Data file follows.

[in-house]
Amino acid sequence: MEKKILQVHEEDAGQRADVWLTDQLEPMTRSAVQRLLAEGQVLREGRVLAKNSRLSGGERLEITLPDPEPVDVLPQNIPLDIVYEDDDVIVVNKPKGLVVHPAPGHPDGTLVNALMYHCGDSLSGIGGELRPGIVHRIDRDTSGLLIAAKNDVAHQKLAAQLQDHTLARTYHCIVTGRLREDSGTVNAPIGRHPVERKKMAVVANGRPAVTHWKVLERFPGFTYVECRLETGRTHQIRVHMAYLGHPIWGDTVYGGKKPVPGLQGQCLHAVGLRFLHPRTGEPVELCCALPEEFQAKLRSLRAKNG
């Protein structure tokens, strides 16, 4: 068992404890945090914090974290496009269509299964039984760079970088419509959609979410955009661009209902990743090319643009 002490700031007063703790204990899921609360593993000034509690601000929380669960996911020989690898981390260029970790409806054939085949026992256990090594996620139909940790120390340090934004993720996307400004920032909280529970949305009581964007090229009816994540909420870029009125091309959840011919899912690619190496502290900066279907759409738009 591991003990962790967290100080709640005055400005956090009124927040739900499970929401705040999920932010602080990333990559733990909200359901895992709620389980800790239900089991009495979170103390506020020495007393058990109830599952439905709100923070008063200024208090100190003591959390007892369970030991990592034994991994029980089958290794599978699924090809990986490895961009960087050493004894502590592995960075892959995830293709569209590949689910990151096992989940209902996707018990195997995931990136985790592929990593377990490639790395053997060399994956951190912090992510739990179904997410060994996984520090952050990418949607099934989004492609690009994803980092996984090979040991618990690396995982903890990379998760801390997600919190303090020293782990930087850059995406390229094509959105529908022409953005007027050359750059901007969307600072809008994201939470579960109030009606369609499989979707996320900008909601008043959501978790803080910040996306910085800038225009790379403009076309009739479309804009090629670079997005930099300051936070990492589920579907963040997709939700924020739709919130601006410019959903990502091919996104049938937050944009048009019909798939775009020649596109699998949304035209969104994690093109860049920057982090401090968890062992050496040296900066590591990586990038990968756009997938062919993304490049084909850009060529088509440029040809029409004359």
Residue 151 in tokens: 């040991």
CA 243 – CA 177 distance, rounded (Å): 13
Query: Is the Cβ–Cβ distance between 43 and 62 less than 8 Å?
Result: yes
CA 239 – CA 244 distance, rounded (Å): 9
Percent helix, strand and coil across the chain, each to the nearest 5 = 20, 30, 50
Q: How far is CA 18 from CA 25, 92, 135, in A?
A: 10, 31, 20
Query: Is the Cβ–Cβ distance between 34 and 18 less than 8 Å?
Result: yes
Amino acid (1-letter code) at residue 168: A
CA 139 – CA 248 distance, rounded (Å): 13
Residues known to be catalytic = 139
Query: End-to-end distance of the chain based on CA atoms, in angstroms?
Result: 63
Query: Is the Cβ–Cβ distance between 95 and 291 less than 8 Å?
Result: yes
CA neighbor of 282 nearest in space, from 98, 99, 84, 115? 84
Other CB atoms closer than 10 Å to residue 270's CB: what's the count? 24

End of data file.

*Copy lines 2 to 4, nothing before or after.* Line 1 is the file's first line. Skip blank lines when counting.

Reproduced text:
Amino acid sequence: MEKKILQVHEEDAGQRADVWLTDQLEPMTRSAVQRLLAEGQVLREGRVLAKNSRLSGGERLEITLPDPEPVDVLPQNIPLDIVYEDDDVIVVNKPKGLVVHPAPGHPDGTLVNALMYHCGDSLSGIGGELRPGIVHRIDRDTSGLLIAAKNDVAHQKLAAQLQDHTLARTYHCIVTGRLREDSGTVNAPIGRHPVERKKMAVVANGRPAVTHWKVLERFPGFTYVECRLETGRTHQIRVHMAYLGHPIWGDTVYGGKKPVPGLQGQCLHAVGLRFLHPRTGEPVELCCALPEEFQAKLRSLRAKNG
């Protein structure tokens, strides 16, 4: 068992404890945090914090974290496009269509299964039984760079970088419509959609979410955009661009209902990743090319643009 002490700031007063703790204990899921609360593993000034509690601000929380669960996911020989690898981390260029970790409806054939085949026992256990090594996620139909940790120390340090934004993720996307400004920032909280529970949305009581964007090229009816994540909420870029009125091309959840011919899912690619190496502290900066279907759409738009 591991003990962790967290100080709640005055400005956090009124927040739900499970929401705040999920932010602080990333990559733990909200359901895992709620389980800790239900089991009495979170103390506020020495007393058990109830599952439905709100923070008063200024208090100190003591959390007892369970030991990592034994991994029980089958290794599978699924090809990986490895961009960087050493004894502590592995960075892959995830293709569209590949689910990151096992989940209902996707018990195997995931990136985790592929990593377990490639790395053997060399994956951190912090992510739990179904997410060994996984520090952050990418949607099934989004492609690009994803980092996984090979040991618990690396995982903890990379998760801390997600919190303090020293782990930087850059995406390229094509959105529908022409953005007027050359750059901007969307600072809008994201939470579960109030009606369609499989979707996320900008909601008043959501978790803080910040996306910085800038225009790379403009076309009739479309804009090629670079997005930099300051936070990492589920579907963040997709939700924020739709919130601006410019959903990502091919996104049938937050944009048009019909798939775009020649596109699998949304035209969104994690093109860049920057982090401090968890062992050496040296900066590591990586990038990968756009997938062919993304490049084909850009060529088509440029040809029409004359």
Residue 151 in tokens: 């040991």